For an extensive history on Landscape Architecture and its cultural and architectural background: Landscape Design: A Cultural and Architectural History by Elizabeth Barlow Rogers.

Friday, December 4, 2009


Sustainability, in a broad sense, is the capacity to endure. It can be defined in biological terms as the ability of an ecosystem to maintain ecological processes, functions, biodiversity and productivity into the future.

With that being said; “nearly 80 percent of U.S. residents live in urban environments and such areas are continuing to grow. How and where urban development occurs can affect ecosystem quality and services, habitat protection, water resources, energy consumption, and indoor and outdoor air quality.”

The U.S. National Environmental Policy Act of 1969 declared as its goal a national policy to "create and maintain conditions under which [humans] and nature can exist in productive harmony, and fulfill the social, economic and other requirements of present and future generations of Americans."

Sustainability is being pushed so we can develop ways to reduce use of natural resources and improve indoor environments while reducing emissions from buildings of greenhouse gases and other harmful pollutants.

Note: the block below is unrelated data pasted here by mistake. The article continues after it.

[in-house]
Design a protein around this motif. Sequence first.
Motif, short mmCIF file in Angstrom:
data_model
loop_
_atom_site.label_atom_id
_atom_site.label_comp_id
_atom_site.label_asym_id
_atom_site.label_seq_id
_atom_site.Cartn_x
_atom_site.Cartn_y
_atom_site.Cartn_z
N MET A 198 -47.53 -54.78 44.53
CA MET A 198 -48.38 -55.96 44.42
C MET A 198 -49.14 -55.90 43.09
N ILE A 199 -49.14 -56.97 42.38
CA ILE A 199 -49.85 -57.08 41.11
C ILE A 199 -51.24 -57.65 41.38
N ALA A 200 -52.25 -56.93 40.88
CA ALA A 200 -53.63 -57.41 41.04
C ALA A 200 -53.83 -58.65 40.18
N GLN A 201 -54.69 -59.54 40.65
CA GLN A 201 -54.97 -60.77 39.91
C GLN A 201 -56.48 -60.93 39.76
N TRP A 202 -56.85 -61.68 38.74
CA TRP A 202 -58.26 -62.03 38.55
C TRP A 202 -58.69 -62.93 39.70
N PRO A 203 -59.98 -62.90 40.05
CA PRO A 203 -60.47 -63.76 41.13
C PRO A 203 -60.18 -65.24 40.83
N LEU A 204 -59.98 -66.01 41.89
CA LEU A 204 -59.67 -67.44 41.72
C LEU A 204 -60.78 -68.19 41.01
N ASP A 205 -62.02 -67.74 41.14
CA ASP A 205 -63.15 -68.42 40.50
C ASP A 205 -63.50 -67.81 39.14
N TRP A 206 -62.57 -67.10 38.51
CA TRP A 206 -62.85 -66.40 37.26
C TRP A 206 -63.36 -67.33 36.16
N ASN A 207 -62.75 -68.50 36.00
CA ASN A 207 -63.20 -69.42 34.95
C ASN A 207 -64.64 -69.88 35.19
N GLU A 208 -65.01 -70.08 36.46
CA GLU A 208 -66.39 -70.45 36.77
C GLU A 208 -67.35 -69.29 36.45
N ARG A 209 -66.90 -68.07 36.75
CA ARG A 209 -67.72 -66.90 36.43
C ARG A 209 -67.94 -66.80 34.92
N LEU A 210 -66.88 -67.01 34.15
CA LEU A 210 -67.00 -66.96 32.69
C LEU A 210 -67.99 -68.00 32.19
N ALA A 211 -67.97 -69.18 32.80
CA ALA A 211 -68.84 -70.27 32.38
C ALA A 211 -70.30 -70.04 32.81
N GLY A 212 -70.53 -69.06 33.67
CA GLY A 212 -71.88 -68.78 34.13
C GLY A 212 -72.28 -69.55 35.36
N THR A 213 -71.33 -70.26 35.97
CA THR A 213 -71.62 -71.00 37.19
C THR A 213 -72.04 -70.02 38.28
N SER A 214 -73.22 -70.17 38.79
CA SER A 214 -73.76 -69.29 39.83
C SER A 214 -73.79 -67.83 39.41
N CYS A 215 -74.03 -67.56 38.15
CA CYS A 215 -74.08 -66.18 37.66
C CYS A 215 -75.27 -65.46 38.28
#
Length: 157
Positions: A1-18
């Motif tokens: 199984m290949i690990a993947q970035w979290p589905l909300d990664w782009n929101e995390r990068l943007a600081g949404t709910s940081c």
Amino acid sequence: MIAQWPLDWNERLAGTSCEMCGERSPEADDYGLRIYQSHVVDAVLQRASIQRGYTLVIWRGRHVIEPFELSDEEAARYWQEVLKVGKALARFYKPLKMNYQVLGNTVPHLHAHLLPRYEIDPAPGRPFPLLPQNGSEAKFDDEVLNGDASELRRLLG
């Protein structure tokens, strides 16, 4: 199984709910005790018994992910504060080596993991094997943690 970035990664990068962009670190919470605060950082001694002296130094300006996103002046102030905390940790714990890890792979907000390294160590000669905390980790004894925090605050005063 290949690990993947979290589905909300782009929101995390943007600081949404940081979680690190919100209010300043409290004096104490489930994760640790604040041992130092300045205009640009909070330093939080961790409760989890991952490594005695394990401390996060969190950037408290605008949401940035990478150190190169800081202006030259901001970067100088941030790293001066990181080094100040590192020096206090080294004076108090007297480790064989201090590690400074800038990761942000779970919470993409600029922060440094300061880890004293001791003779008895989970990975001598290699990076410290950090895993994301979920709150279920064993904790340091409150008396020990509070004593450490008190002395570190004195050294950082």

One of the leaders in this movement is the Environmental Protection Agency (EPA). They have developed programs and resources for helping states and local communities promote urban sustainability by supporting smart growth projects, green building and infrastructure design, energy efficiency in homes and commercial buildings, and development of sustainability metrics for urban development.

Many companies are now pursuing the goal of sustainability realizing that protecting the environment makes good business sense. Many EPA programs have anticipated and contributed to advancing sustainability concepts, some of the most prominent of these programs are: EnergyStar and WaterSense.

There are many different ways in we each of us can contribute to living a more sustainable lifestyle. Here are some EPA sites with suggestions and tips on how you can contribute to sustainability in your roles as a consumer and citizen, and as a steward of the environment:
For more information about how you can help make a sustainable community: Toward Sustainable Communities: Resources for Citizens and Their Governments by Mark Roseland.

Sustainability News

Check back for more news later


I just wanted to take a moment to send a personal message out to all those in the fields of Landscape Architecture, Gardening, Horticulture, and Urban Planning/Urban Ecology. I created Landscape Connections for the purpose to share my love and passion for Landscape Architecture and Design, and Urban Ecology. I was a Landscape Architecture Major at Utah State University and currently study Urban Ecology at the University of Utah. I am working to compile as much information in the four previously mentioned fields as possible. If you have any further information, or would like to either add information or see information posted to landscape connections please let me know.